@Lord Curzon/Adamu In 1975 there was a dam accident in China that killed 26,000 people as a result of flooding and another 145,000 from disease and famine.
Though it had not much to do with maintenance so I don’t think that this is the type of accident Adamu was thinking of. But it is still a good disaster to know about.
@Johannes I don’t know if more nuclear plants will have to be built. I think the dams that are being canceled are known by experts not to serve any real purpose at all. They were proposed decades ago and are being built today for the sake of construction companies.
Japan has built 3,000 major dams and 500,000 smaller dams on its 35,000 rivers. Not all of them are hydroelectric dams but I don’t think the handful of dams the DPJ wants to cancel is going to change too much in the overall supply of electricity generation.
Imagine that in a drunken rage you decide to build a Fart Museum in the square in front of your local town hall. You’re insanely wealthy so you bribe enough people to start constructing the Fart Museum. You’re almost done and then you have a moment of clarity: “oh no, a Fart Museum would be a really bad idea!” Do you keep going or cut your losses and quit while you’re ahead?
The alternate flood-stopping mechanism is some kind of floodgate. It’s all there in Wikipedia…
You are right that among other things I don’t know what the real technical impact of dam maintenance would be. So I am looking fwd to seeing that Maehara report.
The US is actually in the process of removing a lot of smaller dam projects because of damage they did to local ecosystems. By blocking upstream access, many varieties of fish that return to spawning grounds (salmon being the best known) are unable to reproduce properly. Chinese river dolphins have also been driven at the very least to the brink of extinction, if not over it, largely due to dam projects (although industrial pollution has certainly played a huge part as well). There are definitely valid ecological arguments against unnecessary dams.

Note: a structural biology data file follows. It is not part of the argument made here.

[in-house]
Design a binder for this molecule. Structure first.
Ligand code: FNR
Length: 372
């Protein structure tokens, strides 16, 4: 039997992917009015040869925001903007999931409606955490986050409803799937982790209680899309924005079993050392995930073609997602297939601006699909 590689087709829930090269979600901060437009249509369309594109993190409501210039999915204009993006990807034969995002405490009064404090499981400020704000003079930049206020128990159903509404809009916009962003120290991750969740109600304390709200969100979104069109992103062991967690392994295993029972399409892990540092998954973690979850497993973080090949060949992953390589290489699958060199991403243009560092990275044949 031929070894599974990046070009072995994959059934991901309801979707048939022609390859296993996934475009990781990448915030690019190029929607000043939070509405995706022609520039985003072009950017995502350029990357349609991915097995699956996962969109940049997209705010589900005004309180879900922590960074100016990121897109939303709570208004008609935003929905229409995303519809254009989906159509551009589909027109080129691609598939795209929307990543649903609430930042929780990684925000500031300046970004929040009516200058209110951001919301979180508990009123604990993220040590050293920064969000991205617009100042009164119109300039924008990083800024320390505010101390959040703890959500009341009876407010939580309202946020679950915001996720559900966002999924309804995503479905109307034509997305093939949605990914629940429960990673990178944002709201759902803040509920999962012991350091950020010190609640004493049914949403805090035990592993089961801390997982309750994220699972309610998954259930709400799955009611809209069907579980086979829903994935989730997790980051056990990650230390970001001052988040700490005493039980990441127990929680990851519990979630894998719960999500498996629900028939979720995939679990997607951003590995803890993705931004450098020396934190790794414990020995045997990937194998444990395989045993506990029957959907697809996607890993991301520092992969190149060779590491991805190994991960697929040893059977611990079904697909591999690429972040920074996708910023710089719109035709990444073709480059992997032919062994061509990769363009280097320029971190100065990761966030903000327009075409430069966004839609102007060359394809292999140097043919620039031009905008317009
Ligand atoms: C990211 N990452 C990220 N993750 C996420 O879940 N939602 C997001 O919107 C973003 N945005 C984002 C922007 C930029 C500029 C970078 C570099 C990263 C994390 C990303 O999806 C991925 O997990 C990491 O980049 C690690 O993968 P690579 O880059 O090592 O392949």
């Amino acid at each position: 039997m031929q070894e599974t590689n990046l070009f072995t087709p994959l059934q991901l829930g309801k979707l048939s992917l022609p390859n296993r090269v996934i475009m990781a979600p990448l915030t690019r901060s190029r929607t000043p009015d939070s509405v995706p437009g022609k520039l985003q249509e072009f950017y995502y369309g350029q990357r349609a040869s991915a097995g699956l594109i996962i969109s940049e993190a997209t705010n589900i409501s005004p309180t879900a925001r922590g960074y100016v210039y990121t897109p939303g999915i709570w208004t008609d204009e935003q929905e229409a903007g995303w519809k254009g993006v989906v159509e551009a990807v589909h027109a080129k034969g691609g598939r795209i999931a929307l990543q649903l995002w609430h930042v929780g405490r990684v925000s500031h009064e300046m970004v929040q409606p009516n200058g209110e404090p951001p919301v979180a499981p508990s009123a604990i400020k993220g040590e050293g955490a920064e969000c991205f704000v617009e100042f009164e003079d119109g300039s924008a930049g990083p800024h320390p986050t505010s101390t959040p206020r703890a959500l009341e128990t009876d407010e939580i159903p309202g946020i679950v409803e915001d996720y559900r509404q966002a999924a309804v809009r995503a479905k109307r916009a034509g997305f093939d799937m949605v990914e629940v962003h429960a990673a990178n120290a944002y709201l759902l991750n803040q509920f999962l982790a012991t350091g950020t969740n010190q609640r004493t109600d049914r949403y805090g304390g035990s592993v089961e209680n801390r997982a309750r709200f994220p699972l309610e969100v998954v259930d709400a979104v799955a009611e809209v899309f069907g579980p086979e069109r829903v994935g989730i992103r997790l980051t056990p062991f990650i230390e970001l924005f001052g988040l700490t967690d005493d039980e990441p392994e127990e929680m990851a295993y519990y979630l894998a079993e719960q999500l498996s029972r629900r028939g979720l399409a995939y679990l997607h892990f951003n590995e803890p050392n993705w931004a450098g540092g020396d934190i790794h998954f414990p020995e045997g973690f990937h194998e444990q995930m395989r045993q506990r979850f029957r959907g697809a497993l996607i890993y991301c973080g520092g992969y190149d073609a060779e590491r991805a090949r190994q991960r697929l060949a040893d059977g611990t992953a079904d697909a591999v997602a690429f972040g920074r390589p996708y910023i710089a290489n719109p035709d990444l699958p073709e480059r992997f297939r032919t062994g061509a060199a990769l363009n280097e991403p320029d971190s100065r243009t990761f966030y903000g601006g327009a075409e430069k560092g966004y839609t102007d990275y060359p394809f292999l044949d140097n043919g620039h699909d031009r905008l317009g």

@Johannes: I’m as against nuclear weapons as anybody, but after reading various arguments over the years I simply don’t buy the arguments against nuclear power. The danger of a meltdown in a modern nuclear power plant is virtually zero (remember that Chernobyl was a piece of shit lacking even the most basic of safety features, most notably the giant concrete encasement around the cooling towers that the Simpsons has made so famous), and while radioactive waste is a concern, I simply don’t believe that overall it is MORE of a danger than the environmental damage caused by the fossil fuels that nuclear power replaces when it is used.
But as for the Yanmba dam’s ability to help alleviate the need for nuclear power, well, it’s electrical output is estimate at 11,700 kilowatts (http://yamba-net.org/modules/news/index.php?page=article&storyid=361).
By comparison, the Tsuruga nuclear power plant (http://en.wikipedia.org/wiki/Tsuruga_Nuclear_Power_Plant) has two reactors online, the first one of which produces about 30x that amount, and the second of which produces over 100 times as much as Yamba would. There is also another reactor under construction, and a fourth one planned, each of which is rated to produce nearly 150x as much power as Yamba. While I’m sure that it is probably economically worthwhile to add the hydroelectric plant to the dam if it is already going to be completed, the idea that electric power is actually any justification for building it in the first place seems to me to be an absurd proposition.